Zora Neale Hurston

ca. 1891-1960

Introduction

Born in Alabama on January 7, 1891, Zora Neale Hurston spent her early adulthood studying at various universities and collecting folklore from the South, the Caribbean and Latin America.

Big image

Early Life

Her birthplace has been the subject of some debate since Hurston herself wrote in her autobiography, Dust Tracks on a Road, that Eatonville, Florida was where she was born. But, according to many other sources, she took some creative license with that fact. She probably had no memories of Notasulga, having move to Florida as a toddler. Hurston was also known to adjust her birth year from time to time as well, according to the Zora Neale Hurston Digital Archive. Her birth day, according to Zora Neale Hurston: A Life in Letters, may not be January 7, but January 15.

Early Life continuation

Hurston was the daughter of two former slaves. Her father, John Hurston, was a pastor, and he moved the family to Florida when Hurston was very young. Following the death of her mother, Lucy Ann (Potts) Hurston, in 1904, and her father's subsequent remarriage, Hurston lived with an assortment of family members for the next few years.

Writing Career

Living in Harlem in the 1920s, Hurston befriended the likes of Langston Hughes and Countee Cullen, among several others. Her apartment, according to some accounts, was a popular spot for social gatherings. Around this time, Hurston experienced a few early literary successes, including placing in short-story and playwriting contests in Opportunitymagazine.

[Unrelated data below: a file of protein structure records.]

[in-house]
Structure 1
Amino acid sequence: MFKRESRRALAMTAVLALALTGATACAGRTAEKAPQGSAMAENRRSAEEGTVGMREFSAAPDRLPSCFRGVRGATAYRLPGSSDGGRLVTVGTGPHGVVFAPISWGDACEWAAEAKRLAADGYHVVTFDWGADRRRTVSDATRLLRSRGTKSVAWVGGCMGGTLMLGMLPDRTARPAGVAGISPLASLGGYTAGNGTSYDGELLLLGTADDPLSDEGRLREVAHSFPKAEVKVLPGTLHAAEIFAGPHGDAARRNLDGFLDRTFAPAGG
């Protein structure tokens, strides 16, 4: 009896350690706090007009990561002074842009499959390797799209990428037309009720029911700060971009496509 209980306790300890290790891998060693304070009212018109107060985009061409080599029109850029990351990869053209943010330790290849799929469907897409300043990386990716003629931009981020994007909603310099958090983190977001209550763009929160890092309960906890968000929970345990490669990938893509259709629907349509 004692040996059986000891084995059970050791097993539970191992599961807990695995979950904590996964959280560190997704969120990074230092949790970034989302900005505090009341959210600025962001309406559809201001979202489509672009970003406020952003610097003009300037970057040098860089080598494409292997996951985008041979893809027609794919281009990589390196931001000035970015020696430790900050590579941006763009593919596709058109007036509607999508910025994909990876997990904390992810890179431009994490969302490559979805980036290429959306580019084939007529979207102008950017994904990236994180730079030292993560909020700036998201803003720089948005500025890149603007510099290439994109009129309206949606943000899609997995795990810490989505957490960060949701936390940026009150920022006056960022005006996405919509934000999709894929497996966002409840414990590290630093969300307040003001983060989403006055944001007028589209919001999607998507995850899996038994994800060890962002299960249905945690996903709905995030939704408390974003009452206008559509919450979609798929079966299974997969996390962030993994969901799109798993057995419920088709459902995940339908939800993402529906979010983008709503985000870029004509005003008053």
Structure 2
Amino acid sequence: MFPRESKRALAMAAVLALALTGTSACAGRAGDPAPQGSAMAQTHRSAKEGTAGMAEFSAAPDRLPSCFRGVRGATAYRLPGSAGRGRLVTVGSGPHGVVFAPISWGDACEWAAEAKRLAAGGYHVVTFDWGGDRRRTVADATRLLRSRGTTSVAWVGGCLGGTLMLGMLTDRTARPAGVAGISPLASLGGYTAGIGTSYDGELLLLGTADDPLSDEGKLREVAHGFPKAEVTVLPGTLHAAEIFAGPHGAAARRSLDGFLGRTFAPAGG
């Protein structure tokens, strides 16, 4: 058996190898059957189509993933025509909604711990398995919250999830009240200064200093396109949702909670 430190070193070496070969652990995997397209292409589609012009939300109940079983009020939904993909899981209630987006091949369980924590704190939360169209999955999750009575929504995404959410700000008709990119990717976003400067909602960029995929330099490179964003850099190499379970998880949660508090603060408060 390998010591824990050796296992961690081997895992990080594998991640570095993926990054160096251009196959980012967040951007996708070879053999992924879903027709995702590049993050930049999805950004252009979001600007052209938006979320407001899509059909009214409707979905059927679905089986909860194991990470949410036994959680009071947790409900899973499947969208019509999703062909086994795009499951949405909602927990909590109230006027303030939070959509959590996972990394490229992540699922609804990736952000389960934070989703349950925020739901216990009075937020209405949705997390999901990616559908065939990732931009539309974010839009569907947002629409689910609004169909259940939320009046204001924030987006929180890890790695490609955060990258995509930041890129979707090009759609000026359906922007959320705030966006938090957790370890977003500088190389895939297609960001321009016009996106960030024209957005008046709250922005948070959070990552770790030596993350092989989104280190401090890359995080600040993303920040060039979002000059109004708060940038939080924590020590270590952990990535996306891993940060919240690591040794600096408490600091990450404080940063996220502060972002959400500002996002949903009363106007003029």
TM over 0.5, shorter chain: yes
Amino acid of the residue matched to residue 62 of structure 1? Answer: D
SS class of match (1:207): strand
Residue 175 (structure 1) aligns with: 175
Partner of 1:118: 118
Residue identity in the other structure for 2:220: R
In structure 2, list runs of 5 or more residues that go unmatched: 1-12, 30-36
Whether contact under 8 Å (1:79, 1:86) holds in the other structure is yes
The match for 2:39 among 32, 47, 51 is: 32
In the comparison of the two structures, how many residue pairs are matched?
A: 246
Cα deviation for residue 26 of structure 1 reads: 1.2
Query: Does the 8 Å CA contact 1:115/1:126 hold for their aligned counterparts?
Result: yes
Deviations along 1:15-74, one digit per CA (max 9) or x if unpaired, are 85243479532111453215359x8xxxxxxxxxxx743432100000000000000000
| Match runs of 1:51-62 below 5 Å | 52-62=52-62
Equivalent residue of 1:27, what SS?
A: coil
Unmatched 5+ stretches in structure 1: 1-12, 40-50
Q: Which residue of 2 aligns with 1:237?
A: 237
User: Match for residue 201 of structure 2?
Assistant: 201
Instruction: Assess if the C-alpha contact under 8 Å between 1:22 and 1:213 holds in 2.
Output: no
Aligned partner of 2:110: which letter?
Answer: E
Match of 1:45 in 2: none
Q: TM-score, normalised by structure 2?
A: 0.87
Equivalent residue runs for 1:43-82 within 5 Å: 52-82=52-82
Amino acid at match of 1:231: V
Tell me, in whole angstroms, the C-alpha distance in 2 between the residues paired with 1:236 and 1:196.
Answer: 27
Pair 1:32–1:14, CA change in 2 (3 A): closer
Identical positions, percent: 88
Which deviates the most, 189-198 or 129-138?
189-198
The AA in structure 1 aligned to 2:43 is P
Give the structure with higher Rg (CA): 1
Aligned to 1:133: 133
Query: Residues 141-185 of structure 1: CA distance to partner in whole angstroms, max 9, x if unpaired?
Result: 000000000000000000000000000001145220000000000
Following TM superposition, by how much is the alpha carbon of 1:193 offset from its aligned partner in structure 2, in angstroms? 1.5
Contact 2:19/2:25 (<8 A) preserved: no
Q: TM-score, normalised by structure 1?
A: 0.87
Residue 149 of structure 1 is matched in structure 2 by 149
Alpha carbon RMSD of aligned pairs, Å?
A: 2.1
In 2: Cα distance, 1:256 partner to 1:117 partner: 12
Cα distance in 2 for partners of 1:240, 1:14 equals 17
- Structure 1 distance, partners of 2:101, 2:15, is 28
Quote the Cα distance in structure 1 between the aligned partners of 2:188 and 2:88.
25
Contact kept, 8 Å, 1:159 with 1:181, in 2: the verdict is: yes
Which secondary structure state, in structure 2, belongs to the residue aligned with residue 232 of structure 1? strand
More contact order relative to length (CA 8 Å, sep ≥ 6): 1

Hurston also had serious academic interests. She landed a scholarship to Barnard College, where she pursued the subject of anthropology and studied with Franz Boas. In 1927, Hurston returned to Florida to collect African-American folk tales. She would later publish a collection of these stories, entitled Mules and Men (1935). Hurston also contributed articles to magazines, including the Journal of American Folklore.

Also in the mid-1930s, Hurston explored the fine arts through a number of different projects. She worked with Langston Hughes on a play called Mule-Bone: A Comedy of Negro Life—disputes over the work would eventually lead to a falling out between the two writers—and wrote several other plays, including The Great Day and From Sun to Sun.

Big image